Supporters of ousted Egyptian President Mohammed Morsi have been preparing for action from the interim authorities after reports emerged of plans to break up two protest camps.
An interior ministry source said an operation would begin just before dawn.
Egypt’s foreign minister said the sit-ins could not continue “endlessly”.
But there was no sign of police activity at the camps outside the Rabaa al-Adawiya mosque in eastern Cairo and at Nahda Square, to the west. The Muslim Brotherhood, to which Mr Morsi belongs, has warned of bloodshed.
More than 250 people, most of them Morsi supporters, have already been killed in clashes since the military deposed Egypt’s first democratically elected leader on 3 July after mass protests demanding his resignation.
On Sunday night, a source from the interior ministry told the BBC an operation to disperse the two protest camps would begin shortly before dawn on Monday, and was likely to be a “gradual” process.
But as the sun rose above the capital, there were no signs of any movement from security forces personnel.
BBC correspondent James Reynolds, who was close to the Rabaa al-Adawiya mosque as dawn broke, said no activity had been seen from the security forces.
The camp around the mosque at Rabaa al-Adawiya is surrounded by military sites, and sits on what would normally be a busy dual carriageway.
Security forces had been thought likely to begin by surrounding both areas, in order to restrict access and stop anyone entering. Shipments of food and water could also be cut off.
After that, they would step up the use of non-lethal tactics, including tear gas and water cannon, ministry officials told the New York Times.
Foreign Minister Nabil Fahmy told the BBC on Monday: “This is a parallel track process and ultimately it has to be resolved very soon, either by dialogue or the rule of law.”
For three weeks the authorities had been trying to seek an agreement through dialogue, he said.
“If the police force take their procedures they will do that in accordance with the law by court order and in accordance to the basic norms on which these things are done.”
Protesters have piled sandbags and big rocks around the sit-in, while men wearing motorcycle helmets and carrying sticks have been deployed in anticipation of a raid.
Though Muslims and Christians stood together in Tahrir Square in July, radical Islamists have blamed Egypt’s ancient Coptic Christian community for helping to remove President Mohammed Morsi from power”
Although it was too soon to tell whether the reported break-up of the camps would not happen, there were elements in the interim government that did not want a violent end to the stand-off, our correspondent said.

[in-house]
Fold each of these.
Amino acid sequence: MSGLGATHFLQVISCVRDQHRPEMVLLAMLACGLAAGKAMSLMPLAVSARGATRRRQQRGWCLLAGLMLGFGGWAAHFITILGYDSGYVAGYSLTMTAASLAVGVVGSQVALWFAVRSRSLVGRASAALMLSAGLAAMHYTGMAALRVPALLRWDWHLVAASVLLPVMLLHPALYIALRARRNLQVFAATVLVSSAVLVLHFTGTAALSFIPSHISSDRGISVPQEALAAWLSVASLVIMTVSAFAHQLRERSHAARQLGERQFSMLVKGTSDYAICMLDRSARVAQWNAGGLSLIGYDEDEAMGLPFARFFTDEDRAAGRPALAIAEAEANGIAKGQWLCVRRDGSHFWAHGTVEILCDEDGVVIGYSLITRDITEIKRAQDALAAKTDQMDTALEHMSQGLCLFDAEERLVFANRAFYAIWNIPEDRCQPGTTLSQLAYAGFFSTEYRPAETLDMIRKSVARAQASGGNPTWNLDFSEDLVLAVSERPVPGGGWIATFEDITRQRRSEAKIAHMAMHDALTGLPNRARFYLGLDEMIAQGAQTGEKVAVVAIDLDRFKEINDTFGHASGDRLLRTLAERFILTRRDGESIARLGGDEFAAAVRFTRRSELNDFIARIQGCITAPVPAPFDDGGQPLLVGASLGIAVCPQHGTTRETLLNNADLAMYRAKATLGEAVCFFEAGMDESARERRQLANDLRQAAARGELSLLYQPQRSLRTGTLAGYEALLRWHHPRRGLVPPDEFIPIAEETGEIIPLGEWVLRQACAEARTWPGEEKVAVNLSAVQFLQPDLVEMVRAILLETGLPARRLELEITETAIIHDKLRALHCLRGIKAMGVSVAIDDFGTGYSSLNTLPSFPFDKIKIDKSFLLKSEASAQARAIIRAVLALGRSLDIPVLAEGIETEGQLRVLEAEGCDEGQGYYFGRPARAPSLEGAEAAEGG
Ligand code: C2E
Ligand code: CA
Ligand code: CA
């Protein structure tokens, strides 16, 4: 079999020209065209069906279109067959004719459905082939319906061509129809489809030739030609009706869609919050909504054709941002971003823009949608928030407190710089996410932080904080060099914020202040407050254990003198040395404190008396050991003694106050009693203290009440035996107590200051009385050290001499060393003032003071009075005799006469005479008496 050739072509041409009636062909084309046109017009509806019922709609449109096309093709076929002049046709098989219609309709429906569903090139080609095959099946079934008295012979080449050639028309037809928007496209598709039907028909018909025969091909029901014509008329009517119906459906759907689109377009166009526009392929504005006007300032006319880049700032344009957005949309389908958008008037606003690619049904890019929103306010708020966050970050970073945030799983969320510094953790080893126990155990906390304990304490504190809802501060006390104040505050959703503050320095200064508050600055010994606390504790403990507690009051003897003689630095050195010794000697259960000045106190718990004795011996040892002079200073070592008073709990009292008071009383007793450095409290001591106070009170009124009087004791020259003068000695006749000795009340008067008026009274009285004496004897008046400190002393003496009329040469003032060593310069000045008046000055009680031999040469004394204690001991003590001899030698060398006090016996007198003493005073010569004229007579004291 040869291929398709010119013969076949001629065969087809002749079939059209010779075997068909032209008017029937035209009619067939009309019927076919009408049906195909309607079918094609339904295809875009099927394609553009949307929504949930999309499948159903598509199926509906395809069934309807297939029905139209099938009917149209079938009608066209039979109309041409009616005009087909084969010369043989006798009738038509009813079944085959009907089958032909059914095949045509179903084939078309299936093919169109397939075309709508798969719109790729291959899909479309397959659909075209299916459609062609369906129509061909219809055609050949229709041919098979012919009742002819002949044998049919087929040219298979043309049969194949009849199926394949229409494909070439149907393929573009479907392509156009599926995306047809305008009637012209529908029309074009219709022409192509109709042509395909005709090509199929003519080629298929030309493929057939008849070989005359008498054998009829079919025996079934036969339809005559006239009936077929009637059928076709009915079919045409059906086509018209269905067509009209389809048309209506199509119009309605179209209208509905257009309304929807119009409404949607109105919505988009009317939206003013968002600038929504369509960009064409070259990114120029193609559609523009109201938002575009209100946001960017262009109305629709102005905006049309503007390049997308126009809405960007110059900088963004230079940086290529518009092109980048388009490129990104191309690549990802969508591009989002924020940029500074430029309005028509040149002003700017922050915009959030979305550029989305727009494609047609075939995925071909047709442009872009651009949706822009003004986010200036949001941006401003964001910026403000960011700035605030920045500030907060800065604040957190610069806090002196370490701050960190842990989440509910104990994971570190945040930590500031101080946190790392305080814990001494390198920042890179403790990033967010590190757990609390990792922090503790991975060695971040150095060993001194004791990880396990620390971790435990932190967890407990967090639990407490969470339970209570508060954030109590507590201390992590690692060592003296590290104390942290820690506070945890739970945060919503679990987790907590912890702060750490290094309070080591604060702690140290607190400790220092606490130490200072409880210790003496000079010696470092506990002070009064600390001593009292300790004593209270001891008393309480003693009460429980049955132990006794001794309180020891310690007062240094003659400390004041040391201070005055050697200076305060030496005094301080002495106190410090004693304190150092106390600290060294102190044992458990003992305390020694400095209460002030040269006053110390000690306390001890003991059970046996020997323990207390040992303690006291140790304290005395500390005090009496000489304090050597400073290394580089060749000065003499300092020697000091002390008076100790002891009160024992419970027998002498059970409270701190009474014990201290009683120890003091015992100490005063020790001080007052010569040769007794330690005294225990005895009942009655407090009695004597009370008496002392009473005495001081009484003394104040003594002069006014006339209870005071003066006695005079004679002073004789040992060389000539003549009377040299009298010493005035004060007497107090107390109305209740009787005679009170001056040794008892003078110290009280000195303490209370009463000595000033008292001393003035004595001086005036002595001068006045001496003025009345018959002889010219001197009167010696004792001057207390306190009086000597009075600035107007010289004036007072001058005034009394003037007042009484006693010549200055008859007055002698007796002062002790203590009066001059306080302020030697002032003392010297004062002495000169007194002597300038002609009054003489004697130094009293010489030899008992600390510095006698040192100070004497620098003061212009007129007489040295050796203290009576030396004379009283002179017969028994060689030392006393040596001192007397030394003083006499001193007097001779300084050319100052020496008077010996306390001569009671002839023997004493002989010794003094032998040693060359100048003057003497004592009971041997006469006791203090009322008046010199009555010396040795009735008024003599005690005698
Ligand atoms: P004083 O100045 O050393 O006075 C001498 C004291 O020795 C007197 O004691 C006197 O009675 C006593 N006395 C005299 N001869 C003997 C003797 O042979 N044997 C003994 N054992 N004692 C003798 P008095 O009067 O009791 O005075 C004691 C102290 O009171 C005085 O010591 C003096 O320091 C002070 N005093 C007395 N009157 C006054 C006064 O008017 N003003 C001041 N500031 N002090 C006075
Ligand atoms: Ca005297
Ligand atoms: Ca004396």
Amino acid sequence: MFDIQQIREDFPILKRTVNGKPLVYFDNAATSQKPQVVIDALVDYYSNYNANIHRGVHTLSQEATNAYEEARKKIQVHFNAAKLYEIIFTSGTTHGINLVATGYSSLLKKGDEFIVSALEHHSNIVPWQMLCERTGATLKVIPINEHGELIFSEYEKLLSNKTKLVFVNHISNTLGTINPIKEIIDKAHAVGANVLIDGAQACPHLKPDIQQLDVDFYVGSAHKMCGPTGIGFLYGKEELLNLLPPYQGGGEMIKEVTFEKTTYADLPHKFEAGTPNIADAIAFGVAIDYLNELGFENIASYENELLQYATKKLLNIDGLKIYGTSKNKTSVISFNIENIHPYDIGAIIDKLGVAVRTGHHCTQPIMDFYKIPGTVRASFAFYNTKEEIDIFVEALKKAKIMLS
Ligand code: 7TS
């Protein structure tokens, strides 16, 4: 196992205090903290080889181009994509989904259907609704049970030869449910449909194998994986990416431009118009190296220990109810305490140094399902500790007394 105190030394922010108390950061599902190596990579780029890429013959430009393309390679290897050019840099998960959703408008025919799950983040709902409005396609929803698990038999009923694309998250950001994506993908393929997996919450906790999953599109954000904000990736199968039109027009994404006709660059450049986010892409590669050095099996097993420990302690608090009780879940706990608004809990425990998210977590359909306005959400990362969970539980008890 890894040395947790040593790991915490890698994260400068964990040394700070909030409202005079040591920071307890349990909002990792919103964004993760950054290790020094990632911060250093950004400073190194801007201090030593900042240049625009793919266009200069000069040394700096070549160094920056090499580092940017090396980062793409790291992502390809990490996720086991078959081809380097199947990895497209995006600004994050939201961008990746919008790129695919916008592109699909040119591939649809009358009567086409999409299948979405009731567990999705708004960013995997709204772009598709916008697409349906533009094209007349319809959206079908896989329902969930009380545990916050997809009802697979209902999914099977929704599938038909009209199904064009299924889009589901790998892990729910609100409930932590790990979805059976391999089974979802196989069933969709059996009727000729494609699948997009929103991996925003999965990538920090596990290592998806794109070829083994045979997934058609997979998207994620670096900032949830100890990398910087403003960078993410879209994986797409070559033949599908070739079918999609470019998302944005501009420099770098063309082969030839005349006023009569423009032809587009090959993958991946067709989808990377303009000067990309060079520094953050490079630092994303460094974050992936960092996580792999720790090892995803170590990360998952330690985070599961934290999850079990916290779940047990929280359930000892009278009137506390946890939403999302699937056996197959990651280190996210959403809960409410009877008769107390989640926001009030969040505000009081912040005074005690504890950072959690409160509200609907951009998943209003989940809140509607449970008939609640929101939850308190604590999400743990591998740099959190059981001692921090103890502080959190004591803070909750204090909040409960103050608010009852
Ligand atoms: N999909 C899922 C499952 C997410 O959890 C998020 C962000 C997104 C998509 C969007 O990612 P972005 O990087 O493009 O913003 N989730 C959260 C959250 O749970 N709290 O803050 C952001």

Street vendors have said they have sold hundreds of gas masks.
“We are staying and are psychologically prepared for anything, and have secured the protests areas and their entrances and exits,” one of the protesters, Mustafa al-Khateeb, told the Reuters news agency.
The authorities have repeatedly indicated they would wait for the Eid al-Fitr holiday to end on 11 August before moving in, and that the operation could take some days.
It was not clear whether the warning from the authorities was a way of again encouraging at least some protesters to leave, though earlier government attempts at persuasion have failed.
For its part, the Muslim Brotherhood has put out its own state of alert, and appears to be asking its followers to stage fresh sit-ins at other main squares in Cairo, she adds.
“We want to send a message to the coup leaders: the Egyptian people insist on continuing their revolution… And the people will insist on turning out in all squares,” senior Muslim Brotherhood official Farid Ismail said.
Supporters of Mohammed Morsi at the entrance to the protest camp outside the Rabaa al-Adawiya mosque in Cairo (11 August 2013)
Protesters have piled sandbags and big rocks around the sit-ins
On Sunday, defiant Morsi supporters called for fresh street protests.
Our correspondent says the stage is now set for confrontation, and while it is possible that the riot police may try a more nuanced approach, many fear that more blood could be shed.
Over the weekend, the grand imam of al-Azhar, Egypt’s top Islamic institution, invited prominent figures to join a meeting on national reconciliation on Monday and discuss his “compromise formula”.
The Brotherhood’s Freedom and Justice Party (FJP), told the BBC that it was ready for “any kind of dialogue with any intermediary”, but questioned Sheikh Ahmed al-Tayyib’s impartiality.
The grand imam supported the military intervention to remove Mr Morsi.
Last week, Egypt’s interim President, Adly Mansour, blamed the Muslim Brotherhood for the failure of mediation efforts by international diplomats.
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